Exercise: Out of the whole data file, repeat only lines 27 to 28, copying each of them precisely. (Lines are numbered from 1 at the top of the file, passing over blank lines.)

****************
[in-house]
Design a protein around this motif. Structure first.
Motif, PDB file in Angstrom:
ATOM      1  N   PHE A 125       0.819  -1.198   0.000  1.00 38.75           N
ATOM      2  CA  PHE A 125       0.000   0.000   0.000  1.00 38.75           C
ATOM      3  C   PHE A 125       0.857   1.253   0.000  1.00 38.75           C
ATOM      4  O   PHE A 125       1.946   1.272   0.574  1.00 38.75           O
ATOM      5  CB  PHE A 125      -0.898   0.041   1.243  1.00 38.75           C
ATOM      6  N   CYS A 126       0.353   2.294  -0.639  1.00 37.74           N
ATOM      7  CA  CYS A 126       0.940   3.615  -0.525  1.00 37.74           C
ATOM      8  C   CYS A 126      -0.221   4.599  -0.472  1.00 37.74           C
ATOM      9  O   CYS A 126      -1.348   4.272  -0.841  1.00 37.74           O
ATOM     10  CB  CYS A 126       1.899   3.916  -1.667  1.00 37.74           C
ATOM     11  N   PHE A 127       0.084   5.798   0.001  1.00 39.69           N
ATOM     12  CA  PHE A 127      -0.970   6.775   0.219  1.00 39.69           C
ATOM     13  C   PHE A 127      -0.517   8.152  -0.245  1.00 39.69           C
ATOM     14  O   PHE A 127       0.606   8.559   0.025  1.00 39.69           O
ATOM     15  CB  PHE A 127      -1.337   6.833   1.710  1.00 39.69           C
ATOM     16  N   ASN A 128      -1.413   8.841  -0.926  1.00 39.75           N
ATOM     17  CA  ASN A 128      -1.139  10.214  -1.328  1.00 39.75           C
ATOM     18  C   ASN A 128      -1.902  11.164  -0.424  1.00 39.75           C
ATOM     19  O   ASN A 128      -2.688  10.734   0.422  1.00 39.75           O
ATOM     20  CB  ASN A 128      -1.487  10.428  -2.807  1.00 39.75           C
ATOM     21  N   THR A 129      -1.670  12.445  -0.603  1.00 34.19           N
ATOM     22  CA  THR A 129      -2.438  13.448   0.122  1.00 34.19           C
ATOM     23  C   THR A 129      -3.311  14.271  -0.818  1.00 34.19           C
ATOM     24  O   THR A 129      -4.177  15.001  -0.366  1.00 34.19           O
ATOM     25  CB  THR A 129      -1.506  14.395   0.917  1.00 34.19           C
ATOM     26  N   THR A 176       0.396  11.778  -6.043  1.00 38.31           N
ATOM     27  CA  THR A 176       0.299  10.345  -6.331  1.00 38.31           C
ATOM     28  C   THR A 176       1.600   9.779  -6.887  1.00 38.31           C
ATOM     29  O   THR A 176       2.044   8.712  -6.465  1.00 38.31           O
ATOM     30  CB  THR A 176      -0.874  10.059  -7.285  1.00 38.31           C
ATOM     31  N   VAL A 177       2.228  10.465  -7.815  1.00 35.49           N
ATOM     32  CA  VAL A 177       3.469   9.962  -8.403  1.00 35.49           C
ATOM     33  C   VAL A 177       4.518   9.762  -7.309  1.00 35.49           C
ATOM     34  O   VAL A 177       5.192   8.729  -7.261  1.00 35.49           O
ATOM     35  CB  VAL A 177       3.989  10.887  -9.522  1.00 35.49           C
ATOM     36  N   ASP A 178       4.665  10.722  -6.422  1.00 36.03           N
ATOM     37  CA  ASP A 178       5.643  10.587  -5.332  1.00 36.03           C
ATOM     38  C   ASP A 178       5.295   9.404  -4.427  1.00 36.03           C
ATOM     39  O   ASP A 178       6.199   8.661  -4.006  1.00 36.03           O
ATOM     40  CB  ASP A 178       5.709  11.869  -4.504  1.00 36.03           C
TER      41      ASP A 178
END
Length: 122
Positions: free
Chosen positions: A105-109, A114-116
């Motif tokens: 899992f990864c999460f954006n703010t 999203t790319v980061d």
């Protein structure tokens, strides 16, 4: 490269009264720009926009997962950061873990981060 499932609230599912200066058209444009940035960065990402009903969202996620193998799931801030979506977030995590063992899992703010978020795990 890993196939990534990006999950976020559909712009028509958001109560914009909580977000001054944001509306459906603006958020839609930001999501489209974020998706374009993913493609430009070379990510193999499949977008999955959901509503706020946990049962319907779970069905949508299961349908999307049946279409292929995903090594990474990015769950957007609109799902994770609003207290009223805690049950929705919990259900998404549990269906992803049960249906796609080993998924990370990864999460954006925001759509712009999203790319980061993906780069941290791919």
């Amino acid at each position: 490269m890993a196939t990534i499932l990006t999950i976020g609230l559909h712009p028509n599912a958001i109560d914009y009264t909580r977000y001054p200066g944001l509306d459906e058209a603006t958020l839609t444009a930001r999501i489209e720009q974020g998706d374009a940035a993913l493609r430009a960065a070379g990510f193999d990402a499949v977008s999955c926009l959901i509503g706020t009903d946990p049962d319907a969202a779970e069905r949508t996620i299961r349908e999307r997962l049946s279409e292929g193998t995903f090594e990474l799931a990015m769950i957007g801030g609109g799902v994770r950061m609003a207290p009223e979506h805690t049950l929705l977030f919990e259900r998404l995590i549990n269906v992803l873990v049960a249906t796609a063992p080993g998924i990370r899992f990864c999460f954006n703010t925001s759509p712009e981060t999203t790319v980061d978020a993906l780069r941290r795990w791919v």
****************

ATOM     24  O   THR A 129      -4.177  15.001  -0.366  1.00 34.19           O
ATOM     25  CB  THR A 129      -1.506  14.395   0.917  1.00 34.19           C